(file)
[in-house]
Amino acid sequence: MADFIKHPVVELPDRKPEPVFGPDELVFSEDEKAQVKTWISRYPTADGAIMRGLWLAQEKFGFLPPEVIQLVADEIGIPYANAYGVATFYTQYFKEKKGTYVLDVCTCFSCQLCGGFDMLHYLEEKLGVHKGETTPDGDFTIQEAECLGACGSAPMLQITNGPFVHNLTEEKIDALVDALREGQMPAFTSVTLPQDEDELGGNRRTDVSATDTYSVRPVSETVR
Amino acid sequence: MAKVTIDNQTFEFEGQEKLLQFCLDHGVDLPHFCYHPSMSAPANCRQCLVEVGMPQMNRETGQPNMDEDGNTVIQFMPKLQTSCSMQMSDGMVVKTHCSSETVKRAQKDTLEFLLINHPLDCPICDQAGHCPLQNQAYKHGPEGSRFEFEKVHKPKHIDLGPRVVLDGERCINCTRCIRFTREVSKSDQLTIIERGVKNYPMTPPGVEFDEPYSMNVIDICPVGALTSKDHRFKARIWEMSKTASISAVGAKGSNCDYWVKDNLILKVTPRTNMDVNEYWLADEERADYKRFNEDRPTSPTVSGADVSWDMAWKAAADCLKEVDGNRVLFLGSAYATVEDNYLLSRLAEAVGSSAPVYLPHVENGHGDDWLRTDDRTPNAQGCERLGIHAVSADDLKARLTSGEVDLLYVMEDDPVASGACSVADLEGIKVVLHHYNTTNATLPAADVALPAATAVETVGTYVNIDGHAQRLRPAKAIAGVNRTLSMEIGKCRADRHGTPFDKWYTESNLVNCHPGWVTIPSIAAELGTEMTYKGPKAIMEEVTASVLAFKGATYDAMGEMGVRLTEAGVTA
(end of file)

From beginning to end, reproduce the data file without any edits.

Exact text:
[in-house]
Amino acid sequence: MADFIKHPVVELPDRKPEPVFGPDELVFSEDEKAQVKTWISRYPTADGAIMRGLWLAQEKFGFLPPEVIQLVADEIGIPYANAYGVATFYTQYFKEKKGTYVLDVCTCFSCQLCGGFDMLHYLEEKLGVHKGETTPDGDFTIQEAECLGACGSAPMLQITNGPFVHNLTEEKIDALVDALREGQMPAFTSVTLPQDEDELGGNRRTDVSATDTYSVRPVSETVR
Amino acid sequence: MAKVTIDNQTFEFEGQEKLLQFCLDHGVDLPHFCYHPSMSAPANCRQCLVEVGMPQMNRETGQPNMDEDGNTVIQFMPKLQTSCSMQMSDGMVVKTHCSSETVKRAQKDTLEFLLINHPLDCPICDQAGHCPLQNQAYKHGPEGSRFEFEKVHKPKHIDLGPRVVLDGERCINCTRCIRFTREVSKSDQLTIIERGVKNYPMTPPGVEFDEPYSMNVIDICPVGALTSKDHRFKARIWEMSKTASISAVGAKGSNCDYWVKDNLILKVTPRTNMDVNEYWLADEERADYKRFNEDRPTSPTVSGADVSWDMAWKAAADCLKEVDGNRVLFLGSAYATVEDNYLLSRLAEAVGSSAPVYLPHVENGHGDDWLRTDDRTPNAQGCERLGIHAVSADDLKARLTSGEVDLLYVMEDDPVASGACSVADLEGIKVVLHHYNTTNATLPAADVALPAATAVETVGTYVNIDGHAQRLRPAKAIAGVNRTLSMEIGKCRADRHGTPFDKWYTESNLVNCHPGWVTIPSIAAELGTEMTYKGPKAIMEEVTASVLAFKGATYDAMGEMGVRLTEAGVTA